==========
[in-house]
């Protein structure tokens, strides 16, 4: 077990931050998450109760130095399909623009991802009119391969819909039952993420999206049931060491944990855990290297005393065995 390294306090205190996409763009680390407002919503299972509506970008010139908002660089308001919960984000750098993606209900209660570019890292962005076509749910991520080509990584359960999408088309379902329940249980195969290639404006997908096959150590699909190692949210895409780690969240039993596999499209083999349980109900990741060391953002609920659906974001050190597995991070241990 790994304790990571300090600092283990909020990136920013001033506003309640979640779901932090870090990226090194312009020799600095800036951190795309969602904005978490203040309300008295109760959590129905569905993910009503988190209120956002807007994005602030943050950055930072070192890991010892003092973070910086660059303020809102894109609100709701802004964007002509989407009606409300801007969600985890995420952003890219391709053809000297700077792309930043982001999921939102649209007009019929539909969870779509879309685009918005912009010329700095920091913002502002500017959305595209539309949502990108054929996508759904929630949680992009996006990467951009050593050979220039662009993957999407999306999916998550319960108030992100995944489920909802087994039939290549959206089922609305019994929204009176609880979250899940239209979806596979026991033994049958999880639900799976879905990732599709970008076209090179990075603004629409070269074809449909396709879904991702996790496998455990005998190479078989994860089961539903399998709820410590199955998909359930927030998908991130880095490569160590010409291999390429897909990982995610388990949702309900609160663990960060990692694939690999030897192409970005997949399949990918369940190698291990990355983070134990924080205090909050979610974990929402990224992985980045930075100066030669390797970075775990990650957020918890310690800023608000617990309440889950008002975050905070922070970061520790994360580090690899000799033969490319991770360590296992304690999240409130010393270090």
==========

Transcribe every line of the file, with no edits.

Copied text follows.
[in-house]
């Protein structure tokens, strides 16, 4: 077990931050998450109760130095399909623009991802009119391969819909039952993420999206049931060491944990855990290297005393065995 390294306090205190996409763009680390407002919503299972509506970008010139908002660089308001919960984000750098993606209900209660570019890292962005076509749910991520080509990584359960999408088309379902329940249980195969290639404006997908096959150590699909190692949210895409780690969240039993596999499209083999349980109900990741060391953002609920659906974001050190597995991070241990 790994304790990571300090600092283990909020990136920013001033506003309640979640779901932090870090990226090194312009020799600095800036951190795309969602904005978490203040309300008295109760959590129905569905993910009503988190209120956002807007994005602030943050950055930072070192890991010892003092973070910086660059303020809102894109609100709701802004964007002509989407009606409300801007969600985890995420952003890219391709053809000297700077792309930043982001999921939102649209007009019929539909969870779509879309685009918005912009010329700095920091913002502002500017959305595209539309949502990108054929996508759904929630949680992009996006990467951009050593050979220039662009993957999407999306999916998550319960108030992100995944489920909802087994039939290549959206089922609305019994929204009176609880979250899940239209979806596979026991033994049958999880639900799976879905990732599709970008076209090179990075603004629409070269074809449909396709879904991702996790496998455990005998190479078989994860089961539903399998709820410590199955998909359930927030998908991130880095490569160590010409291999390429897909990982995610388990949702309900609160663990960060990692694939690999030897192409970005997949399949990918369940190698291990990355983070134990924080205090909050979610974990929402990224992985980045930075100066030669390797970075775990990650957020918890310690800023608000617990309440889950008002975050905070922070970061520790994360580090690899000799033969490319991770360590296992304690999240409130010393270090």